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Three journalists injured in Bangkok clashes

(IPI/IFEX) - Vienna, 14 May 2010 - Three journalists have been injured in clashes between government forces and protesters in Bangkok, Thailand.

The injured journalists - Nelson Rand, a Canadian working for broadcaster France 24; a local journalist working for Thai newspaper Matichon and a cameraman working for Thai broadcaster Voice TV - were injured in separate outbreaks of violence in the Thai capital today, according to media reports. Rand was reportedly shot thrice, in the leg, abdomen and wrist, and is reported to be in "serious condition."

Thai news outlet The Nation reports that protesters briefly surrounded a mobile van belonging to broadcaster Channel 3, alleging that the station's broadcasts were biased against the protestors, called "Red Shirts." The protesters dispersed after a discussion with the news staff and no one was hurt in the incident.

Journalists on the micro-blogging site Twitter, which has emerged as one of the most current sources of information on the protests, warned of attempts being made to steal cameras from photographers.

On Thursday, Thomas Fuller, a reporter for the International Herald Tribune, described how opposition figure Maj. Gen. Khattiya Sawasdipol was shot in the head as Fuller was interviewing him. Fuller told CNN that he was standing only a few feet away from Sawasdipol when he was shot. Sawasdipol was transported to hospital and is in grave condition.

"Journalists covering the clashes in Thailand at the moment are extremely vulnerable to danger," said IPI Director David Dadge. "We ask soldiers and protestors to respect the independence of the media and to ensure that they do not become targets for violence in this volatile environment."

Earlier this week, IPI reported that over a month after Reuters cameraman Hiro Muramoto was killed in clashes between anti-government protesters and security forces in Thailand's capital, Bangkok, officials have yet to identify his killers.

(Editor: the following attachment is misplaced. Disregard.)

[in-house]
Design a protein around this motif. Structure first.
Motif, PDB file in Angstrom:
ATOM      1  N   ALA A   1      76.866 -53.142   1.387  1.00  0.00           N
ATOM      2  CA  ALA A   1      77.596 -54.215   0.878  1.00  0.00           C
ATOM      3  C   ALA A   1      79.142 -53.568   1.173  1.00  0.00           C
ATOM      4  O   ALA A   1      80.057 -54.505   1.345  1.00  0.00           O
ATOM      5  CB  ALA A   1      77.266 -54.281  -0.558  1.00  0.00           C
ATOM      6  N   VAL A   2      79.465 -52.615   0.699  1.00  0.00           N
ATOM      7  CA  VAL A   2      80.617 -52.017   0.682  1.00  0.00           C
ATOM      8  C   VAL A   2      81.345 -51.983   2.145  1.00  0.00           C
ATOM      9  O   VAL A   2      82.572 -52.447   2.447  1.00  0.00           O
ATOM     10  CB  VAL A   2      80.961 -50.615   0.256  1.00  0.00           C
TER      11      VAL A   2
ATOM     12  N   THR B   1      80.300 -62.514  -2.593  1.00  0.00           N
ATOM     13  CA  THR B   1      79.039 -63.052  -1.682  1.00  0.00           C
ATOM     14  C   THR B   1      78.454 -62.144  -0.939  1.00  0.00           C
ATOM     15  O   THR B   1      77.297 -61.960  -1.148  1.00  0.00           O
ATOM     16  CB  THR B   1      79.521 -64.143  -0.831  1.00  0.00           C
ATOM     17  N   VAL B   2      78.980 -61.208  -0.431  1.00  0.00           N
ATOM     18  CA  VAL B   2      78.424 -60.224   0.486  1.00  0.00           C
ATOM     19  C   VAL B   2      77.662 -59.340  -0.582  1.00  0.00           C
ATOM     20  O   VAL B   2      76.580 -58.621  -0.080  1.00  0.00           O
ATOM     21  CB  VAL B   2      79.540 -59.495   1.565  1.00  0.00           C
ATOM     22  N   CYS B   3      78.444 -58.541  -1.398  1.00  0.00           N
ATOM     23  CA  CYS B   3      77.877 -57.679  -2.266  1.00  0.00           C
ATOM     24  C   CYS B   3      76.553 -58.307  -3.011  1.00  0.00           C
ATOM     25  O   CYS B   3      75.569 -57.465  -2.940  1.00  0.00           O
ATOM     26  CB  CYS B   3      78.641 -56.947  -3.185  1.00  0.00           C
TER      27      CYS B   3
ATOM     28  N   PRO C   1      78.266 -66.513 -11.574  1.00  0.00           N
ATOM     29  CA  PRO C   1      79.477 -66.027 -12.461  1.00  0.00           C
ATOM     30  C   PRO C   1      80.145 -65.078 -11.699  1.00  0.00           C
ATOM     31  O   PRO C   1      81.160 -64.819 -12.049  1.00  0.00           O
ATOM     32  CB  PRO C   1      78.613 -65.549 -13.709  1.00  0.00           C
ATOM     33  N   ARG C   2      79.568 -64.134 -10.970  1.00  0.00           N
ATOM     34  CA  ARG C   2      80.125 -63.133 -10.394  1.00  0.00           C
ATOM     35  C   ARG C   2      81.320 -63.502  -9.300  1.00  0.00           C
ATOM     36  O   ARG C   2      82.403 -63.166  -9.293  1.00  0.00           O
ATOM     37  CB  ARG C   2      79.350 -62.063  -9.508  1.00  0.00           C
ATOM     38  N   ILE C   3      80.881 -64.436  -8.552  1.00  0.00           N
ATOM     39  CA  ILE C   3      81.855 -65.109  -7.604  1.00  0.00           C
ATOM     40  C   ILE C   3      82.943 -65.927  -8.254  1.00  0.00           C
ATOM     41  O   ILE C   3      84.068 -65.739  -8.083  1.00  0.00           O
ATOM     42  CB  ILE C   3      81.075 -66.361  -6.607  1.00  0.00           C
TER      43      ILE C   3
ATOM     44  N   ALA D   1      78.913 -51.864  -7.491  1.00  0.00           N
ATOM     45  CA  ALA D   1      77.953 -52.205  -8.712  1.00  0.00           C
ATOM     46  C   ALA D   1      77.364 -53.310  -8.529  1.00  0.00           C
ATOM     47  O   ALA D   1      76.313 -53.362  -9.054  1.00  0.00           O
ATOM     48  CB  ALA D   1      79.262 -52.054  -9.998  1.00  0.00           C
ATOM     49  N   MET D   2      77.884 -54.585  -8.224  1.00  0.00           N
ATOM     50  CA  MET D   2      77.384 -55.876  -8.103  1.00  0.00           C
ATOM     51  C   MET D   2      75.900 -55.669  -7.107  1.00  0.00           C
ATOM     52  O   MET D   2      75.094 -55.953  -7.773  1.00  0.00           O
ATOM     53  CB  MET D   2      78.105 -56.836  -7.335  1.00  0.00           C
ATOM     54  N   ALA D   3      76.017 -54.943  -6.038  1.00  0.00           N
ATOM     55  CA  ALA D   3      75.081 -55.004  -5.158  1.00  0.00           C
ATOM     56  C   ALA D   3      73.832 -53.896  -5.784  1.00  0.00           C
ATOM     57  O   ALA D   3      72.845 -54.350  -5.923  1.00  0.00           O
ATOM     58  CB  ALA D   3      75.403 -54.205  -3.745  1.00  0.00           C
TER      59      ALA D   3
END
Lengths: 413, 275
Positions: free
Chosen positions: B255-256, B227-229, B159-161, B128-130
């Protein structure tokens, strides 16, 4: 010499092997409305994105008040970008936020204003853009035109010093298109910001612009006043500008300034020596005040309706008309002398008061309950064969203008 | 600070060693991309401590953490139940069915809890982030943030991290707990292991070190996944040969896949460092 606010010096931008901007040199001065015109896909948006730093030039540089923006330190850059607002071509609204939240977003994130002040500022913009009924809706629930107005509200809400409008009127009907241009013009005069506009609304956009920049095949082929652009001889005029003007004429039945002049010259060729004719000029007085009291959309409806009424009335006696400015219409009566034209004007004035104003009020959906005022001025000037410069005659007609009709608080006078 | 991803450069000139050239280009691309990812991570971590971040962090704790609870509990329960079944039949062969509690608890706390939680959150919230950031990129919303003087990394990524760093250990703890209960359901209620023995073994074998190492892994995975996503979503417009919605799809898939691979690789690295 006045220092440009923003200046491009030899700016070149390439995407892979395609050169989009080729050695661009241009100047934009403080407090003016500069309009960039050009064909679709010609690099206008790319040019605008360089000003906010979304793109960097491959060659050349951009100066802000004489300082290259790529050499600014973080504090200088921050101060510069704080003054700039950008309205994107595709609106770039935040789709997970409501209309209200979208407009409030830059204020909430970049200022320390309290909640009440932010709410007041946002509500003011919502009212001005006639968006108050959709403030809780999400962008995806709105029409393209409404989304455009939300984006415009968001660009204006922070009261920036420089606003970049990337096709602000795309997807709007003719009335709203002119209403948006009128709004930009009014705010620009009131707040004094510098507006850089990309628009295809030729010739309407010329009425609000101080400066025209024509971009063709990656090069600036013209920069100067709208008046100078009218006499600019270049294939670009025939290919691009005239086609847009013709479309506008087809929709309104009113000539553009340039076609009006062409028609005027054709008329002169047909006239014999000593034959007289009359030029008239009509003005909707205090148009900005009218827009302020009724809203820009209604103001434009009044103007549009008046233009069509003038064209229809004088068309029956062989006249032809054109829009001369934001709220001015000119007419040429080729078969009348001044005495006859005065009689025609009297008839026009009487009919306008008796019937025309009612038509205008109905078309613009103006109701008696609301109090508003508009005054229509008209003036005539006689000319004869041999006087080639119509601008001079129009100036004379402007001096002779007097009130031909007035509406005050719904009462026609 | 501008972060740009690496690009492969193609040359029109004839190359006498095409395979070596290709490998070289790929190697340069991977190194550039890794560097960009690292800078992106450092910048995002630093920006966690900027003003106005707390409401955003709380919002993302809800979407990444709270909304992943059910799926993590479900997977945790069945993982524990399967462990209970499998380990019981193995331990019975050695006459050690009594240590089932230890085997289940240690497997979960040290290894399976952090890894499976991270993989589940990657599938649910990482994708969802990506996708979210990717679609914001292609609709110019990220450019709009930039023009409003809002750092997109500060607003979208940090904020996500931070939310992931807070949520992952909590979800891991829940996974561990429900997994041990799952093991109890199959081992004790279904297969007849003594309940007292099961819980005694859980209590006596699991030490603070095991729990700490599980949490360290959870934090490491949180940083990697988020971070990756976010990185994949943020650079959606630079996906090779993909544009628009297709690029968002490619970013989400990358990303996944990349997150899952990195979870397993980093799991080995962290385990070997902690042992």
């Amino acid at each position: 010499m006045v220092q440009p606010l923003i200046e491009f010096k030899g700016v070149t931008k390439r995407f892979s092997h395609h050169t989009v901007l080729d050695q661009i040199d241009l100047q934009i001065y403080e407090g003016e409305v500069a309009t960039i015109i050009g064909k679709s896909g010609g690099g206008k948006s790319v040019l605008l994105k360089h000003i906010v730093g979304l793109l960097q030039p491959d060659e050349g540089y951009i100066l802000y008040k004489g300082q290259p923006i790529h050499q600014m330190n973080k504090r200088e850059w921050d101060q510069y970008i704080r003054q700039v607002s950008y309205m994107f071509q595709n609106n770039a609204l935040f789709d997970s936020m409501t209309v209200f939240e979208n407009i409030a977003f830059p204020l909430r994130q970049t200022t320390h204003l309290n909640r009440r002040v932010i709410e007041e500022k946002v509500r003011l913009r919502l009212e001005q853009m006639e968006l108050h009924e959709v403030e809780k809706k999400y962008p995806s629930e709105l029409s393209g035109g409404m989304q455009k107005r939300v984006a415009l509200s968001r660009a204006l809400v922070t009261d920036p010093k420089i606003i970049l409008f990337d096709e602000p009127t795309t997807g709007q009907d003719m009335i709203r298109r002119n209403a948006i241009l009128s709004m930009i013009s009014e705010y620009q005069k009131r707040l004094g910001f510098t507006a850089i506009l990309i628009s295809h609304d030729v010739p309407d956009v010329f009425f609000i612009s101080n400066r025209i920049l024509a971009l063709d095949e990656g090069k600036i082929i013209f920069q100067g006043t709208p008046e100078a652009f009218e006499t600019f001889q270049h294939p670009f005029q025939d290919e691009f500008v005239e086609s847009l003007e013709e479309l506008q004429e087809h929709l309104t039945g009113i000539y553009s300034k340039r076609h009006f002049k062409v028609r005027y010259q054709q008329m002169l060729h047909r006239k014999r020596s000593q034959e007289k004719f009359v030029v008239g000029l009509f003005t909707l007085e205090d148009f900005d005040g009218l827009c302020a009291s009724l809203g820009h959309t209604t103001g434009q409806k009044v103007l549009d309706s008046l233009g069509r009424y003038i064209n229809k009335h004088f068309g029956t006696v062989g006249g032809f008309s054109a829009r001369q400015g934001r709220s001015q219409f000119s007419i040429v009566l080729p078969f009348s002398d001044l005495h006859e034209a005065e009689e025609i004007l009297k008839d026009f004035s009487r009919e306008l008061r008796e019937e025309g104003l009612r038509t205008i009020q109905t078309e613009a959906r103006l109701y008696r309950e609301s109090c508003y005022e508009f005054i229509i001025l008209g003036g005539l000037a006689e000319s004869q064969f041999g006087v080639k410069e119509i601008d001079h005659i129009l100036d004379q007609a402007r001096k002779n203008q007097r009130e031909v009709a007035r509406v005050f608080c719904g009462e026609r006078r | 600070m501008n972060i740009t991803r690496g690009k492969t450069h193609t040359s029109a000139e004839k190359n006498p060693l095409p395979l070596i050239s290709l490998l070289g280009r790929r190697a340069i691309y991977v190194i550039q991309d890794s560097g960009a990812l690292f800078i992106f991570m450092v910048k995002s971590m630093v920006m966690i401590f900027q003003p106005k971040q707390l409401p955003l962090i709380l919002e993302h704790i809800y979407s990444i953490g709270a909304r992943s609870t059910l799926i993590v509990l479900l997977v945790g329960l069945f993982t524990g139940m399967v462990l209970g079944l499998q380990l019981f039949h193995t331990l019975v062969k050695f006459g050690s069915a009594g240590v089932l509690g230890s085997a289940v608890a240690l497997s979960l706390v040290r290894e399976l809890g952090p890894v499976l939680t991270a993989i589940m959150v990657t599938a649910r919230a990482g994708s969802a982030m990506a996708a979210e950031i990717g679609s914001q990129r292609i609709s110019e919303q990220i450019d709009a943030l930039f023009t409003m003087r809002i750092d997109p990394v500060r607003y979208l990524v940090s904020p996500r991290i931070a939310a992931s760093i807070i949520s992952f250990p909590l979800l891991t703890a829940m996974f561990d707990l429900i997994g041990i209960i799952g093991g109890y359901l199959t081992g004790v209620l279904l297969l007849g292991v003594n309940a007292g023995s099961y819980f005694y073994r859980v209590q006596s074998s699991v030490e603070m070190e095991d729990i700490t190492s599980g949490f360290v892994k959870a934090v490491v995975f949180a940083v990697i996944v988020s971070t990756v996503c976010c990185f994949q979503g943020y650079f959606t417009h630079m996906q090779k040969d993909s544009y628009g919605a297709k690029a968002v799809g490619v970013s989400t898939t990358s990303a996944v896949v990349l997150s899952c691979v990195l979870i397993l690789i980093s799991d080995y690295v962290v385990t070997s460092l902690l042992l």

Citing the current political tension in Thailand, editor of The Nation, Tulsathit Taptim, suggested at the time that the government may have chosen to not yet reveal the results of any murder investigation to avoid inciting further violence and, possibly, because the information may be inconvenient or embarrassing for the government.

"It is very difficult for any independent investigation to be conducted under these circumstances," Taptim said. "Any outcome would be politicised and used by one side or the other."

The deepening political crisis in the country has resulted in at least four deaths today, according to media sources, and over 30 people are said to have died in the clashes between the Red Shirts and government soldiers.

The wave of protests against the government of Prime Minister Abhisit Vejjajiva began on 12 March when Red Shirt protesters took to the streets. Three days later, demonstrators splashed blood under the gates of Government House in a sign of protest against the current leadership.

The government responded by blocking several websites and an opposition broadcaster People TV.

The Red Shirts do not recognise Abhisit Vejjajiva's leadership, charging that the prime minister came to power illegitimately following the 2006 coup against former Prime Minister Thaksin Shinawatra.

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